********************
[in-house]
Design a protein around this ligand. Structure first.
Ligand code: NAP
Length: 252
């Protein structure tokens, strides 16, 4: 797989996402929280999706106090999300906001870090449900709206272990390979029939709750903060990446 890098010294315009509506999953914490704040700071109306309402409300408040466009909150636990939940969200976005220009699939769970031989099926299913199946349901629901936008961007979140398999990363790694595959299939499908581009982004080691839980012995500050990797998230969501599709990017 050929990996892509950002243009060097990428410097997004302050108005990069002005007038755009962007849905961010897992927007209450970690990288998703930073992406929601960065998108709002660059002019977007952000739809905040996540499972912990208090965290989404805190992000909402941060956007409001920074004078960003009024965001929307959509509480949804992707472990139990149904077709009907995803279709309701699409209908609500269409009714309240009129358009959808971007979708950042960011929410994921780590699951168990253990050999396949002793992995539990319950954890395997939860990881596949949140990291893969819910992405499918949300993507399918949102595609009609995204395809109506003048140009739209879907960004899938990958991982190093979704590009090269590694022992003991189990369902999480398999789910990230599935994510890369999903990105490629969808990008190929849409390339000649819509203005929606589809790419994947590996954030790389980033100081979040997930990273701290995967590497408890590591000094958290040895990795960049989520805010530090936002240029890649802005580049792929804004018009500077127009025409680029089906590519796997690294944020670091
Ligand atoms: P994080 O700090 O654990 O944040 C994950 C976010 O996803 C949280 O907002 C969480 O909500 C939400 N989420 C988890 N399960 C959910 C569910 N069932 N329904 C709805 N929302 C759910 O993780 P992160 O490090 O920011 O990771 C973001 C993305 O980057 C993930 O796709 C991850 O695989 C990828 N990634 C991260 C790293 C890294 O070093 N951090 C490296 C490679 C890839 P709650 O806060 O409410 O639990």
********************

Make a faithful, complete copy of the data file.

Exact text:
[in-house]
Design a protein around this ligand. Structure first.
Ligand code: NAP
Length: 252
């Protein structure tokens, strides 16, 4: 797989996402929280999706106090999300906001870090449900709206272990390979029939709750903060990446 890098010294315009509506999953914490704040700071109306309402409300408040466009909150636990939940969200976005220009699939769970031989099926299913199946349901629901936008961007979140398999990363790694595959299939499908581009982004080691839980012995500050990797998230969501599709990017 050929990996892509950002243009060097990428410097997004302050108005990069002005007038755009962007849905961010897992927007209450970690990288998703930073992406929601960065998108709002660059002019977007952000739809905040996540499972912990208090965290989404805190992000909402941060956007409001920074004078960003009024965001929307959509509480949804992707472990139990149904077709009907995803279709309701699409209908609500269409009714309240009129358009959808971007979708950042960011929410994921780590699951168990253990050999396949002793992995539990319950954890395997939860990881596949949140990291893969819910992405499918949300993507399918949102595609009609995204395809109506003048140009739209879907960004899938990958991982190093979704590009090269590694022992003991189990369902999480398999789910990230599935994510890369999903990105490629969808990008190929849409390339000649819509203005929606589809790419994947590996954030790389980033100081979040997930990273701290995967590497408890590591000094958290040895990795960049989520805010530090936002240029890649802005580049792929804004018009500077127009025409680029089906590519796997690294944020670091
Ligand atoms: P994080 O700090 O654990 O944040 C994950 C976010 O996803 C949280 O907002 C969480 O909500 C939400 N989420 C988890 N399960 C959910 C569910 N069932 N329904 C709805 N929302 C759910 O993780 P992160 O490090 O920011 O990771 C973001 C993305 O980057 C993930 O796709 C991850 O695989 C990828 N990634 C991260 C790293 C890294 O070093 N951090 C490296 C490679 C890839 P709650 O806060 O409410 O639990």